Gigen village, Gulyantsi Municipality, Pleven District



Pleven Regional Museum of History

The ancient city called Colonia Ulpia Oes­cus emerged during the period of 106-109 upon the remains of the military camp of IV Scythian and V Macedonian legions from the beginning of the 1st century. Many roads were then built to serve the army, administration and trade in the Empire and beyond. The military camp was given the status of a colony after the glorious victory of Emperor Marcus Ulpius Trajan (98-117) over the Dacians.
The city became an important crossroads, experiencing a boom in the 2nd-3rd century when the central urban part was built. Monumental civil and religious architec­ture thrived.
Ulpia Oescus had the rectangular shape characteristic of Roman cities, with per­pendicular streets laid out east-west and north-south. The streets were covered with stone slabs under which plumbing and sewerage canals were laid. The city’s entire area was 28 ha.
In the centre was the Forum Complex (97х200 m) which was made of limestone in Corinthian style. In its southeastern part is the Fortuna Temple built around 190. At the northern side of the Forum, the Temple of the Capitoline Triad was built in 125. It glorified the main Roman deities - Jupiter Optimus Maximus, Juno and Minerva. Closeby was the magnificent building of the Civilian Basilica (97x24 m) built in 135. This was where the court proceedings, government and trade in the Colony took place.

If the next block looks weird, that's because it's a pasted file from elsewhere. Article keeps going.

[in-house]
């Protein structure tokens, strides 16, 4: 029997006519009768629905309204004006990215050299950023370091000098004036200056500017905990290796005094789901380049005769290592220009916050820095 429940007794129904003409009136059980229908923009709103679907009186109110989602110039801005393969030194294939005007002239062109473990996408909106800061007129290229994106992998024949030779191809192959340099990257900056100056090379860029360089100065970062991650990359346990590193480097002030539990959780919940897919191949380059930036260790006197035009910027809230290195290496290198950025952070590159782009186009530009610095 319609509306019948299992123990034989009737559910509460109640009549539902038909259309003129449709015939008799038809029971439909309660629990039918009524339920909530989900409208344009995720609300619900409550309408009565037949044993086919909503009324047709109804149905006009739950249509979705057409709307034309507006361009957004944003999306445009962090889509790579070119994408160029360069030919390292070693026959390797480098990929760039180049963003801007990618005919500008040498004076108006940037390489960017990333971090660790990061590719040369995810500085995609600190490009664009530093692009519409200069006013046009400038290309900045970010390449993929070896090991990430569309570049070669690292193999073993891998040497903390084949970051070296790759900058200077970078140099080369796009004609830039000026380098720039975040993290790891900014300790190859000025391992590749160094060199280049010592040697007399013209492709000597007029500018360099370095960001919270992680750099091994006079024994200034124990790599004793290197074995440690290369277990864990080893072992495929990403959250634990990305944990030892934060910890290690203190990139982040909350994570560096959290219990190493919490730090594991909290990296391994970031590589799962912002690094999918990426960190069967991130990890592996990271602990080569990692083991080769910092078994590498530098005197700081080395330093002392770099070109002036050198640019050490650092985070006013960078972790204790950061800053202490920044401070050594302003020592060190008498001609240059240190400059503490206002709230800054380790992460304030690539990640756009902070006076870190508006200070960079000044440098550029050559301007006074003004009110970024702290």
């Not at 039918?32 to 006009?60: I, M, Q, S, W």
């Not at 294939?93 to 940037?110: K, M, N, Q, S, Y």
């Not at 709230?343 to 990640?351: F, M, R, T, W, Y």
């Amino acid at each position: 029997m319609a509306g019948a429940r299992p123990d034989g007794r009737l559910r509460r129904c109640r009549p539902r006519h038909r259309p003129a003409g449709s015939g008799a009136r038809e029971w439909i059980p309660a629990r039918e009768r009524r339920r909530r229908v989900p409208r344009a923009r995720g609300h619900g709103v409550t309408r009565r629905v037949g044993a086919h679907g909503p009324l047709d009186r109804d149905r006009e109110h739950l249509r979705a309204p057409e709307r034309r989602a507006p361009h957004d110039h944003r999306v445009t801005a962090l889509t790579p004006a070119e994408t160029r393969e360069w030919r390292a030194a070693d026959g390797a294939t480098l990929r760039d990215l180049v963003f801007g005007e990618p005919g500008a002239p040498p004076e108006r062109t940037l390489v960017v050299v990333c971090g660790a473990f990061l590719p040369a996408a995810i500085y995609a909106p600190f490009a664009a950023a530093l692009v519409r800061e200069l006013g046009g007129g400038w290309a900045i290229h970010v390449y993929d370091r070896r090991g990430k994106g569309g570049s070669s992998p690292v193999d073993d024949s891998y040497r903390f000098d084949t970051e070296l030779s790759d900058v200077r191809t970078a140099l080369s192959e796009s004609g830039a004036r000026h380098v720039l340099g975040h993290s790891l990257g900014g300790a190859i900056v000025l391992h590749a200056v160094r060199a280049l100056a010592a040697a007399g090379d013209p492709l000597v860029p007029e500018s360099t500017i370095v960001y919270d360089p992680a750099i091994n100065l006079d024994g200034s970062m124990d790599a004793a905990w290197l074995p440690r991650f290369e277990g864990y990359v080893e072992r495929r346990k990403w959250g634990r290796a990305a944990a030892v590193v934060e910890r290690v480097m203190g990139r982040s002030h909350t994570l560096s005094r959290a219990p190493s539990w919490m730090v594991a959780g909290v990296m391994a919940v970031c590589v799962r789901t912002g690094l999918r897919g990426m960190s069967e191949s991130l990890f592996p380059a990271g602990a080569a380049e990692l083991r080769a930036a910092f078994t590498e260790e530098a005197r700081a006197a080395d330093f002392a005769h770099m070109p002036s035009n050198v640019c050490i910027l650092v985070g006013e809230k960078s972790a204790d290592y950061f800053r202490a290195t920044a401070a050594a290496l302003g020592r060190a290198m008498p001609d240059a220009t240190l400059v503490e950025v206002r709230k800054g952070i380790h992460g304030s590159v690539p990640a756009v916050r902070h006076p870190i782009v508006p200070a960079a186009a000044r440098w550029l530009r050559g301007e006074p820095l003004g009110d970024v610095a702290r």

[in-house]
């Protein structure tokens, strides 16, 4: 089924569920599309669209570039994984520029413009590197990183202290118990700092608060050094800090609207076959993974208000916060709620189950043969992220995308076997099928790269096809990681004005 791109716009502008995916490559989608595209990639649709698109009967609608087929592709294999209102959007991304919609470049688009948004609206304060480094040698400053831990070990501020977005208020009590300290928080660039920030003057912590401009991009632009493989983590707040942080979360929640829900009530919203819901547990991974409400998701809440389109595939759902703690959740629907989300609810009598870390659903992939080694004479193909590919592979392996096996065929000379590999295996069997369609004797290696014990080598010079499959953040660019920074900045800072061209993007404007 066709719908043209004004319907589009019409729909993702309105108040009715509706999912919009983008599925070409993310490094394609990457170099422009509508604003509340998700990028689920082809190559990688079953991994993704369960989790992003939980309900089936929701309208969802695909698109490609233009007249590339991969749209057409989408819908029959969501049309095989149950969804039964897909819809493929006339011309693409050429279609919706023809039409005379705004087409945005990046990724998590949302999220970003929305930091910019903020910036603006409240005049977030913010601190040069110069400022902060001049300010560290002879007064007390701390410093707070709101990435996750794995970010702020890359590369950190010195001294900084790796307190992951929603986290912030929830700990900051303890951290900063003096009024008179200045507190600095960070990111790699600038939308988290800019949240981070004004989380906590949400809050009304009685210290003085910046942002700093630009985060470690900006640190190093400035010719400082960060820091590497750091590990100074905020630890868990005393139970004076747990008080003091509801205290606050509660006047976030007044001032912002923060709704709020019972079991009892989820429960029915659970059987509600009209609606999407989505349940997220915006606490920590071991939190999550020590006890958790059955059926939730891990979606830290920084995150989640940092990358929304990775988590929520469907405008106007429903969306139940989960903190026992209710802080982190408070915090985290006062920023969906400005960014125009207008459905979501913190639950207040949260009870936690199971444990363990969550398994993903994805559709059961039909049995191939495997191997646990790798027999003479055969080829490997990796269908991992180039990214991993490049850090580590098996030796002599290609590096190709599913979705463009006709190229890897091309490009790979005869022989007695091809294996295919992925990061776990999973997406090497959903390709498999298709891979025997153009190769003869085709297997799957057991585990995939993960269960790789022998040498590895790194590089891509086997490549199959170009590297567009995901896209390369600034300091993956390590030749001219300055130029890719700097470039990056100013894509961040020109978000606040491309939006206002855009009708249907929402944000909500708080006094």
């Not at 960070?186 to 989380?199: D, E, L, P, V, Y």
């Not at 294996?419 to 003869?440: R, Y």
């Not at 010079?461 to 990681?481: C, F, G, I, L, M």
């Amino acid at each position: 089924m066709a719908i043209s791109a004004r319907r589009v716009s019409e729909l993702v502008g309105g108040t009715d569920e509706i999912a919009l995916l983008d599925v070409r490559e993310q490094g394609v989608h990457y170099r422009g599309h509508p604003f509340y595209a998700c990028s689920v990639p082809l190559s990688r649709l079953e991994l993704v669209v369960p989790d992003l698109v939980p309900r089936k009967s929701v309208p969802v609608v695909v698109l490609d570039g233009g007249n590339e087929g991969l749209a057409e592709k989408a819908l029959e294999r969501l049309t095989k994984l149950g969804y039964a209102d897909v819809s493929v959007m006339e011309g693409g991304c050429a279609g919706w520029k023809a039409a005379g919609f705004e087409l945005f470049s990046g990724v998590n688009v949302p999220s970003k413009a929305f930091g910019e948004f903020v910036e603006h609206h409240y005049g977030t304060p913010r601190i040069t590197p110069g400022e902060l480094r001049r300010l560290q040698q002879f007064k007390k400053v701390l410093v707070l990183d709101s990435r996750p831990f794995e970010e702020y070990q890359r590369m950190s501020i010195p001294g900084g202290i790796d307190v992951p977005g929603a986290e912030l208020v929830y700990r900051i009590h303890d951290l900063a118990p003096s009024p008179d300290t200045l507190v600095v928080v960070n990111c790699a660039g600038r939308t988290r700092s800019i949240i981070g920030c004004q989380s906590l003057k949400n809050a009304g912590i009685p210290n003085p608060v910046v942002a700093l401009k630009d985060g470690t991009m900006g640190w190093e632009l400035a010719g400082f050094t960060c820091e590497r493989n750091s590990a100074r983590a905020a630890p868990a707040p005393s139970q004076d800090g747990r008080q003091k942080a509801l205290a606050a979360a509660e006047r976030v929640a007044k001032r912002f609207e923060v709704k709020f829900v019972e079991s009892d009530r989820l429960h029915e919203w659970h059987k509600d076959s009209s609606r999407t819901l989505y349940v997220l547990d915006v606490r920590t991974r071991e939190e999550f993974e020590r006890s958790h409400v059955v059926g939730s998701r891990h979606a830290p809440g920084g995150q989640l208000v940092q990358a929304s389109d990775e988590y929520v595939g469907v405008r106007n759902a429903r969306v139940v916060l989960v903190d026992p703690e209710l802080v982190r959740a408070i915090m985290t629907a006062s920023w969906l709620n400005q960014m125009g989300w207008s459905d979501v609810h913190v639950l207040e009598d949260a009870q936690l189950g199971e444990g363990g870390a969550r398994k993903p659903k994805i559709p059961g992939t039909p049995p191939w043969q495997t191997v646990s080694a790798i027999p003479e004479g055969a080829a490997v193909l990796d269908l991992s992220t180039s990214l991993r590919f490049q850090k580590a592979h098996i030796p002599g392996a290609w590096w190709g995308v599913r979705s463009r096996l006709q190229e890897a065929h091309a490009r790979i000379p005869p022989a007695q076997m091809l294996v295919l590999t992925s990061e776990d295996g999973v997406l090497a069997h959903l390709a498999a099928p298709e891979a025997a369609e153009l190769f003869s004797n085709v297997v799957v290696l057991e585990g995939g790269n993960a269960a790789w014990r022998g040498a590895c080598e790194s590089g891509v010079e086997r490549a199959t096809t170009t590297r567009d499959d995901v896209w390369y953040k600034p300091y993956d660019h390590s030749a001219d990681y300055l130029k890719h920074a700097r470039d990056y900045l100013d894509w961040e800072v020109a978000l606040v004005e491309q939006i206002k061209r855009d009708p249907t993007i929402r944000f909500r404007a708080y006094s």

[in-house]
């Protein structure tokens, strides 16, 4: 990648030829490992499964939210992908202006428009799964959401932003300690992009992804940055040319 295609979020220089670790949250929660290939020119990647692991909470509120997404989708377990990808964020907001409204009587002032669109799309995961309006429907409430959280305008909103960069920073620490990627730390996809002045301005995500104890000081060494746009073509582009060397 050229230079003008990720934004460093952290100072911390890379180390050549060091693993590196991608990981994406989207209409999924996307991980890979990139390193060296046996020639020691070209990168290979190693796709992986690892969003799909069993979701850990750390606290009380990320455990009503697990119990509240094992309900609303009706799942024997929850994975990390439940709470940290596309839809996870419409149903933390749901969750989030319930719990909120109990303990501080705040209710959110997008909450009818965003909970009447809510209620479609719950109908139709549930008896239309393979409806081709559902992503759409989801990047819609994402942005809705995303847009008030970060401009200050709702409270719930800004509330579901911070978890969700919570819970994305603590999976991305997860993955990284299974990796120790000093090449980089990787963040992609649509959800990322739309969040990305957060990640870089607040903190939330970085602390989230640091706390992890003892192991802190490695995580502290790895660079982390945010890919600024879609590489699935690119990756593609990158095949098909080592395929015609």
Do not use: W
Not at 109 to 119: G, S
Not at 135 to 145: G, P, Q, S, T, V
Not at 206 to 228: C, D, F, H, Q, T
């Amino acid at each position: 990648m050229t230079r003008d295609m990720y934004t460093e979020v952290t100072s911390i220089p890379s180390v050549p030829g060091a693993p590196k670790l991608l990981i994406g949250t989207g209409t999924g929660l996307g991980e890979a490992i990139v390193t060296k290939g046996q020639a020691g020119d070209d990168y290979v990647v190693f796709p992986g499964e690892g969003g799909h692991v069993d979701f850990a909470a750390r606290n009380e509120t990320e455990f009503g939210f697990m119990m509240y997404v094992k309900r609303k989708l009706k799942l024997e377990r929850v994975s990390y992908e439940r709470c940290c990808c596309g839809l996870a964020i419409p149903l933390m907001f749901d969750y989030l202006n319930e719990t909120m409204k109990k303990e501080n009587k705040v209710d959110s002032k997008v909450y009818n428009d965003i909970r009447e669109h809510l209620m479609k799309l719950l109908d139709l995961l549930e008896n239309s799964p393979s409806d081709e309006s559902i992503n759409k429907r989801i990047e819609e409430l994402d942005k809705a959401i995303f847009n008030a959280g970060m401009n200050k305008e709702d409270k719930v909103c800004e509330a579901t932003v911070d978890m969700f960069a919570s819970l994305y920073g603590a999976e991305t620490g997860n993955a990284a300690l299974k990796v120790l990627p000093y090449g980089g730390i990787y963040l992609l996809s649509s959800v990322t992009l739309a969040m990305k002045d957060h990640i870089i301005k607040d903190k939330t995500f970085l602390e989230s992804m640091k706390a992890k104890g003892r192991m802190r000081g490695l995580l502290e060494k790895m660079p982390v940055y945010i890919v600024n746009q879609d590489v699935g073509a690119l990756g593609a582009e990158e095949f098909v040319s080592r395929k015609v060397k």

The city was in its heyday also during the 4th century under the rule of Emperor Constantine the Great (306-337). On the bank of the Danube there was a large stone-wooden bridge between Ulpia Oes­cus near the village of Gigen and the Ro­man fortress of Sucidava (Corabia). In the Early Christian era, Oescus was an episco­pal centre.
The period of the Great Migration of the Peoples (4th-6th centuries) posed a new threat to the Roman Empire - barbaric invasions from the north. Their raids did not bypass Oescus which was captured by Attila’s huns in 447 and was finally de­stroyed and burned down by the Avars in 586.
Life in Oescus continued until the Turkish invasions in the 14th century, as there was a medieval settlement existing on the re­mains of the ancient city.
Ulpia Oescus is now an archeological re­serve. Today one can see remnants of streets, temples, a large civilian basilica. Archaeologists have also found a Forum Complex, temples of the Capitoline Triad (Jupiter, Juno, Minerva), public buildings, baths, etc.


The drama “Achaeans” written by the famous Athenian comic playwright Menandar has not been preserved for the generations and is known only by the multicoloured mosaic found in Ulpia Oescus. A theatric scene is depicted in the centre, featuring three actors wearing masks and a man without a mask. On the white background above the figures one can read the inscription MENANPPOY AXAIOI, i.e. „Menander’s Achaeans”